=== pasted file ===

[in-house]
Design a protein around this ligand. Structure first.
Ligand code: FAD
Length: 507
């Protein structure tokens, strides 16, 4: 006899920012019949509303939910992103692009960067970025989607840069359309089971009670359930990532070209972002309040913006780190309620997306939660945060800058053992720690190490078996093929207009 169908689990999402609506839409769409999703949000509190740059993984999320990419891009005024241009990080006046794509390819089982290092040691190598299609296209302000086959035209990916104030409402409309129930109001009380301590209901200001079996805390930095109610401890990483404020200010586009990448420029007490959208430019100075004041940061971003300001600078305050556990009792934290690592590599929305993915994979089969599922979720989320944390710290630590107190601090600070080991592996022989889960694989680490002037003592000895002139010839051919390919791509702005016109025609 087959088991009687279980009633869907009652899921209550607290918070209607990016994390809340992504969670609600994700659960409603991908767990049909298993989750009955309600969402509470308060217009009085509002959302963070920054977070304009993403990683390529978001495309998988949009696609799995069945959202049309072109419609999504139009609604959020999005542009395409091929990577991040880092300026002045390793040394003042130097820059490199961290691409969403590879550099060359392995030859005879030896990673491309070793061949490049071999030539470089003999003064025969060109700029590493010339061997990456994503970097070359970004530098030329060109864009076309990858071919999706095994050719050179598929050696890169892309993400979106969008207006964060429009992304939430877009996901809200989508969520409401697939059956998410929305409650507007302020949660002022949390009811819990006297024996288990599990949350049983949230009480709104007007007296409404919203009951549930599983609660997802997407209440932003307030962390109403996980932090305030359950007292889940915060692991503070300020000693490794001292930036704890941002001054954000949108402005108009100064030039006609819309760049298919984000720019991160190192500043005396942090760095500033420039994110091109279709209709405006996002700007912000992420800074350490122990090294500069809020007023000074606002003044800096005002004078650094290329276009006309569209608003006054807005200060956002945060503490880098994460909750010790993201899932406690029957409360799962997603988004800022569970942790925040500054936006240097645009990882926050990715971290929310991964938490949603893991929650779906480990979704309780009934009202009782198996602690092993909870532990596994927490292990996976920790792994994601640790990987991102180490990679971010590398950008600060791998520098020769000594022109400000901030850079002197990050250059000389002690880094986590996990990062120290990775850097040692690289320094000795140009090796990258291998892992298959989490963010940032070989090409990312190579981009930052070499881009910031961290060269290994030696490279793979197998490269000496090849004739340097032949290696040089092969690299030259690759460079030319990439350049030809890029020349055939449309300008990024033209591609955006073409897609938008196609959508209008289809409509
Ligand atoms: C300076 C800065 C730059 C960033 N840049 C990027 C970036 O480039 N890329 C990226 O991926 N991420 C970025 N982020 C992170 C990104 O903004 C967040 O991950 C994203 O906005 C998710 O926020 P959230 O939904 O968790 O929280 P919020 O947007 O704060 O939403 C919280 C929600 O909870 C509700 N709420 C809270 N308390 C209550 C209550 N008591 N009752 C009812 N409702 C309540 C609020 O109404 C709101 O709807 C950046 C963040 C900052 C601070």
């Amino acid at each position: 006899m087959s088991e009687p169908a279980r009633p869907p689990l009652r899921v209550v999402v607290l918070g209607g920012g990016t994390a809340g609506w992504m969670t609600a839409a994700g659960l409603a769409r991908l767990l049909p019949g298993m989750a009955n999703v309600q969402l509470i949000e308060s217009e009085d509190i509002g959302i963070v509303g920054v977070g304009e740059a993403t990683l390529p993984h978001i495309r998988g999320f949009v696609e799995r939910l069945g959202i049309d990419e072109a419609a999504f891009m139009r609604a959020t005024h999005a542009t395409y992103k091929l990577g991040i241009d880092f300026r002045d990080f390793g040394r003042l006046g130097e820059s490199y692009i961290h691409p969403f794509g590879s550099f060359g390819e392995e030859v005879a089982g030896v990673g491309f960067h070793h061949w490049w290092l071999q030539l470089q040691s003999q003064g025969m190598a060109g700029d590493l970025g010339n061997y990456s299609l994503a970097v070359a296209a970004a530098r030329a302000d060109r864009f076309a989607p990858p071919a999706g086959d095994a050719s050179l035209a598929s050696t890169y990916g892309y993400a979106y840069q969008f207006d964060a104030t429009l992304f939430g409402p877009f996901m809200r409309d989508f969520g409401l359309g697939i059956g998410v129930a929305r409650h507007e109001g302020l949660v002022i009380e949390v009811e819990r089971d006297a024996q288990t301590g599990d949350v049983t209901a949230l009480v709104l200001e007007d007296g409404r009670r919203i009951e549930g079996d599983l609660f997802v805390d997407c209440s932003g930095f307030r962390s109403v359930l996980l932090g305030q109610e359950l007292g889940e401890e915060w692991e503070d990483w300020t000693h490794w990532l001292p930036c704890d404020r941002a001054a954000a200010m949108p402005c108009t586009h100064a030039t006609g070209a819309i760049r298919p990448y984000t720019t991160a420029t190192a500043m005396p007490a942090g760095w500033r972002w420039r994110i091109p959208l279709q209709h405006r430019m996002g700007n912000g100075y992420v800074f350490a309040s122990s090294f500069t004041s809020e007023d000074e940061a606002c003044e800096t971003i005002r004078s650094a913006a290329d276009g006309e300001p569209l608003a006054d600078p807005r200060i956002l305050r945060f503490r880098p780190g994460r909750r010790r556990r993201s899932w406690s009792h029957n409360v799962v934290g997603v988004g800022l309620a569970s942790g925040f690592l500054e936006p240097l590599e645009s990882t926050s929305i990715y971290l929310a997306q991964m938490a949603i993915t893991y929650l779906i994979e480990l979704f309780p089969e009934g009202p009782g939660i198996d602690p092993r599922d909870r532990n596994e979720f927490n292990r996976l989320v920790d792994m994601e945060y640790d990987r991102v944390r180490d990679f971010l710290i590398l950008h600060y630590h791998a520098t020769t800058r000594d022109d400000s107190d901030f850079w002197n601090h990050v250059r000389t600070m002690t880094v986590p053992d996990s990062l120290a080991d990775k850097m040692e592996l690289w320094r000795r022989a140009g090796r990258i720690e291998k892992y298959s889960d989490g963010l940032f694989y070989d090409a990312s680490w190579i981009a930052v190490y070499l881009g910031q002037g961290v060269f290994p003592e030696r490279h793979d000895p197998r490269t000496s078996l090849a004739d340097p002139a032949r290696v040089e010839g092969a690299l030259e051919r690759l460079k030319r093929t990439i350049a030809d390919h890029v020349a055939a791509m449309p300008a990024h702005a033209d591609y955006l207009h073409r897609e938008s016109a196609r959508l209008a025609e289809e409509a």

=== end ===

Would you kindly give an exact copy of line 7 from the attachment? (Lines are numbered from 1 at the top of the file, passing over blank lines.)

């Amino acid at each position: 006899m087959s088991e009687p169908a279980r009633p869907p689990l009652r899921v209550v999402v607290l918070g209607g920012g990016t994390a809340g609506w992504m969670t609600a839409a994700g659960l409603a769409r991908l767990l049909p019949g298993m989750a009955n999703v309600q969402l509470i949000e308060s217009e009085d509190i509002g959302i963070v509303g920054v977070g304009e740059a993403t990683l390529p993984h978001i495309r998988g999320f949009v696609e799995r939910l069945g959202i049309d990419e072109a419609a999504f891009m139009r609604a959020t005024h999005a542009t395409y992103k091929l990577g991040i241009d880092f300026r002045d990080f390793g040394r003042l006046g130097e820059s490199y692009i961290h691409p969403f794509g590879s550099f060359g390819e392995e030859v005879a089982g030896v990673g491309f960067h070793h061949w490049w290092l071999q030539l470089q040691s003999q003064g025969m190598a060109g700029d590493l970025g010339n061997y990456s299609l994503a970097v070359a296209a970004a530098r030329a302000d060109r864009f076309a989607p990858p071919a999706g086959d095994a050719s050179l035209a598929s050696t890169y990916g892309y993400a979106y840069q969008f207006d964060a104030t429009l992304f939430g409402p877009f996901m809200r409309d989508f969520g409401l359309g697939i059956g998410v129930a929305r409650h507007e109001g302020l949660v002022i009380e949390v009811e819990r089971d006297a024996q288990t301590g599990d949350v049983t209901a949230l009480v709104l200001e007007d007296g409404r009670r919203i009951e549930g079996d599983l609660f997802v805390d997407c209440s932003g930095f307030r962390s109403v359930l996980l932090g305030q109610e359950l007292g889940e401890e915060w692991e503070d990483w300020t000693h490794w990532l001292p930036c704890d404020r941002a001054a954000a200010m949108p402005c108009t586009h100064a030039t006609g070209a819309i760049r298919p990448y984000t720019t991160a420029t190192a500043m005396p007490a942090g760095w500033r972002w420039r994110i091109p959208l279709q209709h405006r430019m996002g700007n912000g100075y992420v800074f350490a309040s122990s090294f500069t004041s809020e007023d000074e940061a606002c003044e800096t971003i005002r004078s650094a913006a290329d276009g006309e300001p569209l608003a006054d600078p807005r200060i956002l305050r945060f503490r880098p780190g994460r909750r010790r556990r993201s899932w406690s009792h029957n409360v799962v934290g997603v988004g800022l309620a569970s942790g925040f690592l500054e936006p240097l590599e645009s990882t926050s929305i990715y971290l929310a997306q991964m938490a949603i993915t893991y929650l779906i994979e480990l979704f309780p089969e009934g009202p009782g939660i198996d602690p092993r599922d909870r532990n596994e979720f927490n292990r996976l989320v920790d792994m994601e945060y640790d990987r991102v944390r180490d990679f971010l710290i590398l950008h600060y630590h791998a520098t020769t800058r000594d022109d400000s107190d901030f850079w002197n601090h990050v250059r000389t600070m002690t880094v986590p053992d996990s990062l120290a080991d990775k850097m040692e592996l690289w320094r000795r022989a140009g090796r990258i720690e291998k892992y298959s889960d989490g963010l940032f694989y070989d090409a990312s680490w190579i981009a930052v190490y070499l881009g910031q002037g961290v060269f290994p003592e030696r490279h793979d000895p197998r490269t000496s078996l090849a004739d340097p002139a032949r290696v040089e010839g092969a690299l030259e051919r690759l460079k030319r093929t990439i350049a030809d390919h890029v020349a055939a791509m449309p300008a990024h702005a033209d591609y955006l207009h073409r897609e938008s016109a196609r959508l209008a025609e289809e409509a």